Not Suitable For Children
- Director:Peter Templeman
- Cast:Clare Bowen, Ryan Kwanten, Bojana Novakovic, Alice Parkinson
- Release Date:July 12, 2012
- Running time:91 minutes
- Film Worth:$17.00
- FILMINK rates movies out of $20 - the score indicates the amount we believe a ticket to the movie to be worth
This smart, soulful and surprisingly darkly-hued comedy throws up a handful of interesting questions about personal responsibility.
A comedy involving cancer? Laughs of the dark variety can be difficult to get right, but in one crucial scene, Not Suitable For Children's impressive debut director, Peter Templeman, proves that he obviously knows how to hit the right balance. When twentysomething party animal, Jonah, is informed that he has testicular cancer by his not unsympathetic but strangely removed doctor, a rolling tide of emotions - brilliantly evinced by Ryan Kwanten in a moving moment that speaks volumes of his innate sensitivity and skill as an actor - plays out across his face. There are no stupid jokes about singing soprano or obvious, awkward leg crossing - Templeman and his screenwriter, Michael Lucas, are too savvy for that. They don't find cancer funny, but rather gouge humour from the strange things that it ultimately prompts Jonah to do.
Living day to day in Sydney's hip inner west suburb of Newtown on money that he makes from holding big, wild, pay-to-get-in house parties, Jonah is the very picture of young adult irresponsibility. But when he learns that his bout of non-life-threatening testicular cancer will render him infertile, Jonah suddenly starts to hear his biological clock ticking - loudly - and decides that he actually wants to have kids. Looking up old girlfriends and anyone even remotely appropriate to the task of bearing his progeny, Jonah - with the hesitant help of his flatmates, Stevie (Sarah Snook) and Gus (Ryan Corr) - starts his search for Miss Right Now.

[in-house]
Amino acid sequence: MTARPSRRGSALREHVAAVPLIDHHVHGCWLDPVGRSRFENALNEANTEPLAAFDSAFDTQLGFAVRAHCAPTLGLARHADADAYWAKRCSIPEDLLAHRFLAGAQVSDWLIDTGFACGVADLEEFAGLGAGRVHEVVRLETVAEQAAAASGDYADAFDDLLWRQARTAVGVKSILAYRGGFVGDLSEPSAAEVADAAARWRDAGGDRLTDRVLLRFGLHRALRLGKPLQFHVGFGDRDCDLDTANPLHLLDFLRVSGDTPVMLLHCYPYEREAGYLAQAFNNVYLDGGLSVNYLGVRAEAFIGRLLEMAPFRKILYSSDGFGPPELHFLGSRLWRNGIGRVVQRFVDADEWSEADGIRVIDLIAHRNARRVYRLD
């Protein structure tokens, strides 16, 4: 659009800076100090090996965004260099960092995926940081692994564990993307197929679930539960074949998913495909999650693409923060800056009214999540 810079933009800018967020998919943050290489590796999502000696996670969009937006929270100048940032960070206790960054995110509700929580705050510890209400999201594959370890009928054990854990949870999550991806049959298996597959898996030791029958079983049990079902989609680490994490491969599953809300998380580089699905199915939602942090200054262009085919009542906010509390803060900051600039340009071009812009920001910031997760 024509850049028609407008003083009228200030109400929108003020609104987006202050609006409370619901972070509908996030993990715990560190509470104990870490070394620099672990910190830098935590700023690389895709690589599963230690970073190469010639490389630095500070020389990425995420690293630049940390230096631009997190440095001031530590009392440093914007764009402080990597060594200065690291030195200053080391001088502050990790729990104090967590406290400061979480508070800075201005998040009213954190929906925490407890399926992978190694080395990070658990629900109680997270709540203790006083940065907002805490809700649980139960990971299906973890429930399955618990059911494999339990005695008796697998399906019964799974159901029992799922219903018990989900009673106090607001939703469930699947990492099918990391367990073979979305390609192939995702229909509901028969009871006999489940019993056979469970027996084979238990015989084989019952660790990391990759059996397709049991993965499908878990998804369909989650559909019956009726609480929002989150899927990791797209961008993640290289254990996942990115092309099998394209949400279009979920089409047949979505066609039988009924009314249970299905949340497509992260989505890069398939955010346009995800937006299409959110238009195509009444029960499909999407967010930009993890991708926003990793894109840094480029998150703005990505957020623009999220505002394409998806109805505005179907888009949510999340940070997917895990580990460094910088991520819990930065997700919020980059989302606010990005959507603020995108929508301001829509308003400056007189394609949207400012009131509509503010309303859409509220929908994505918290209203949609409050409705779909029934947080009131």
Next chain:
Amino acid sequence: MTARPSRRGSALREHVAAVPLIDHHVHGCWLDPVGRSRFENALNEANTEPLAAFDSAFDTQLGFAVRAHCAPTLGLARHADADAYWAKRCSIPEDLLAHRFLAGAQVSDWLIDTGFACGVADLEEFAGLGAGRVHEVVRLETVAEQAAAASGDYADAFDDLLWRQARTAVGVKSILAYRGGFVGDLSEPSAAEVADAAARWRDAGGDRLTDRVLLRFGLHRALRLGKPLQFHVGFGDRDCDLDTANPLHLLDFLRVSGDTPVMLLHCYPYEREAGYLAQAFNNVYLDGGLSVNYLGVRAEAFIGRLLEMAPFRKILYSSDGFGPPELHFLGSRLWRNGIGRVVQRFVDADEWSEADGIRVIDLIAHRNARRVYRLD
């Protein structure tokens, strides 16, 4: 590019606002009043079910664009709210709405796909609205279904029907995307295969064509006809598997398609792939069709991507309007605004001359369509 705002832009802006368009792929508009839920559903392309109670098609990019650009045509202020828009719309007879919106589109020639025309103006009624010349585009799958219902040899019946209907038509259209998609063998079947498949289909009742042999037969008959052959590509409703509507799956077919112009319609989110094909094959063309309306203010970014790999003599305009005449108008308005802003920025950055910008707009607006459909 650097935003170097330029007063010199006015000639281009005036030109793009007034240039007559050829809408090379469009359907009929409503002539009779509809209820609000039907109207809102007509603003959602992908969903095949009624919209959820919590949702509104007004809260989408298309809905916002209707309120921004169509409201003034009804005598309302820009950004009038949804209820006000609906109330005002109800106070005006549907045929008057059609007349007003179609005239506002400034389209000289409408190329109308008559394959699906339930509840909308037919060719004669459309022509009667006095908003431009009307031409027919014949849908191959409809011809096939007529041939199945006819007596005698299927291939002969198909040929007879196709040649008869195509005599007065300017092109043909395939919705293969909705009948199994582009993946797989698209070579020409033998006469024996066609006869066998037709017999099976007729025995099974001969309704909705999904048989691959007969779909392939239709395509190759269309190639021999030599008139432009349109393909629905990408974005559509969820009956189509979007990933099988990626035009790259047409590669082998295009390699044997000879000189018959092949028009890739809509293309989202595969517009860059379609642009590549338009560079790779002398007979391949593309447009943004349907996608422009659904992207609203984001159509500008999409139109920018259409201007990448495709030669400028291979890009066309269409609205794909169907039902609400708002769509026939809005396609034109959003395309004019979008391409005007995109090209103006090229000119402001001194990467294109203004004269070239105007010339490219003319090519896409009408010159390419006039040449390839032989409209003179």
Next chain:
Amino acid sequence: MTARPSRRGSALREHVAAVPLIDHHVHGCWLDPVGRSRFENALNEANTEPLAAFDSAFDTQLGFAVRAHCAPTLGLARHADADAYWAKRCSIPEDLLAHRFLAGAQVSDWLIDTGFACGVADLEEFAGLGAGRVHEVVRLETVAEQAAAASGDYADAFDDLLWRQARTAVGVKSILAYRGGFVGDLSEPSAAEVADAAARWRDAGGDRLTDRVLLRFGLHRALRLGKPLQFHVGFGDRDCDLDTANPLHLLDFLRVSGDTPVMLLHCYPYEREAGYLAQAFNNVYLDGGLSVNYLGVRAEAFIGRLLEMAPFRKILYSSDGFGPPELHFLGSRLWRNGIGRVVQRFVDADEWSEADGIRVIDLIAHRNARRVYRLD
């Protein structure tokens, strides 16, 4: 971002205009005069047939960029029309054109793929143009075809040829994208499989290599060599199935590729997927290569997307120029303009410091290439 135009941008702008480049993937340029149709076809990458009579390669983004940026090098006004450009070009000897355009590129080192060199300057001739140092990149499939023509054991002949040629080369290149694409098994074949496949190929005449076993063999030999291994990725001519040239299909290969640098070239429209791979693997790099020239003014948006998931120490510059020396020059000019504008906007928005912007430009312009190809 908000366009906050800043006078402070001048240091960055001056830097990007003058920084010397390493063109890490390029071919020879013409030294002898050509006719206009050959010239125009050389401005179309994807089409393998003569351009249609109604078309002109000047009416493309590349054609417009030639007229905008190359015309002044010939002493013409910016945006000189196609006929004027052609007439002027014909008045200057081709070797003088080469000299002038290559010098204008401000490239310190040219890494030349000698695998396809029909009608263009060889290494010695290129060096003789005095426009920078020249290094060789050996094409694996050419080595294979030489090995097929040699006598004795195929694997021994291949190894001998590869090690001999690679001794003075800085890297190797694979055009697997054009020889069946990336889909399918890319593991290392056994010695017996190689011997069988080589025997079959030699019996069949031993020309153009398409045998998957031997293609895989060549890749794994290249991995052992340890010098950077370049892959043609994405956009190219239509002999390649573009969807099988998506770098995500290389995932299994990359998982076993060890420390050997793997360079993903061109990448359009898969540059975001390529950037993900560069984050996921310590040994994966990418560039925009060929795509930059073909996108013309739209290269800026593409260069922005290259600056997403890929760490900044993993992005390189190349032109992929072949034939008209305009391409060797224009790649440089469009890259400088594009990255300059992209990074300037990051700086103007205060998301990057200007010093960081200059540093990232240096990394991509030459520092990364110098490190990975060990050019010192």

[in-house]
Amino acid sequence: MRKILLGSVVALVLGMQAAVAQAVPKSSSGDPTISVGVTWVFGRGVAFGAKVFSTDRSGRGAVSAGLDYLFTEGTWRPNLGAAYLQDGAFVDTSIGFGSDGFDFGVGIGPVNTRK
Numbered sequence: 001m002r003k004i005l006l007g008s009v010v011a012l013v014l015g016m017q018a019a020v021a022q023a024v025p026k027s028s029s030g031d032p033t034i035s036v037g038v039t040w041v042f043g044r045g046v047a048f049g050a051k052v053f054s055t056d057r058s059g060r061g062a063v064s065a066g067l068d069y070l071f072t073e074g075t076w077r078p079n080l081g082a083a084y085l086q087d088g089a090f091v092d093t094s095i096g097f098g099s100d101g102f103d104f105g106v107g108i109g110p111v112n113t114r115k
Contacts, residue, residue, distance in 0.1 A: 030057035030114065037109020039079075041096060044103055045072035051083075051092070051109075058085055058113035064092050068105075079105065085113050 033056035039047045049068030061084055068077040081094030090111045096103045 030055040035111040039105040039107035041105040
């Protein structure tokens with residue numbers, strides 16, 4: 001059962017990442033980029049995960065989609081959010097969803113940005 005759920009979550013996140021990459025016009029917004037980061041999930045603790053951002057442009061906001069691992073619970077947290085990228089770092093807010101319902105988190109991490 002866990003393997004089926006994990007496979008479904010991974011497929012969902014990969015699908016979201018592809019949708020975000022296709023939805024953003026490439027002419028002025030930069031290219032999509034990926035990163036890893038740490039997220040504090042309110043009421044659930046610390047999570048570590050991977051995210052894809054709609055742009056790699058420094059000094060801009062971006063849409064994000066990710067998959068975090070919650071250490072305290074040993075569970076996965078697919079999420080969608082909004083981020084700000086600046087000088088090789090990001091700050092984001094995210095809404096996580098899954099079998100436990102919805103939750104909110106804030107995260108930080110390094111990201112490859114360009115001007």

With its thumping soundtrack, attractive cast, and hip setting of share houses, cafes and party pads, Not Suitable For Children is unashamedly aimed at a cool young audience. That's not to say, however, that it lacks soul and genuine warmth. This is a wry, engaging, deeply humanist film with pointed, interesting things to say about personal responsibility...and when you should and shouldn't accept it.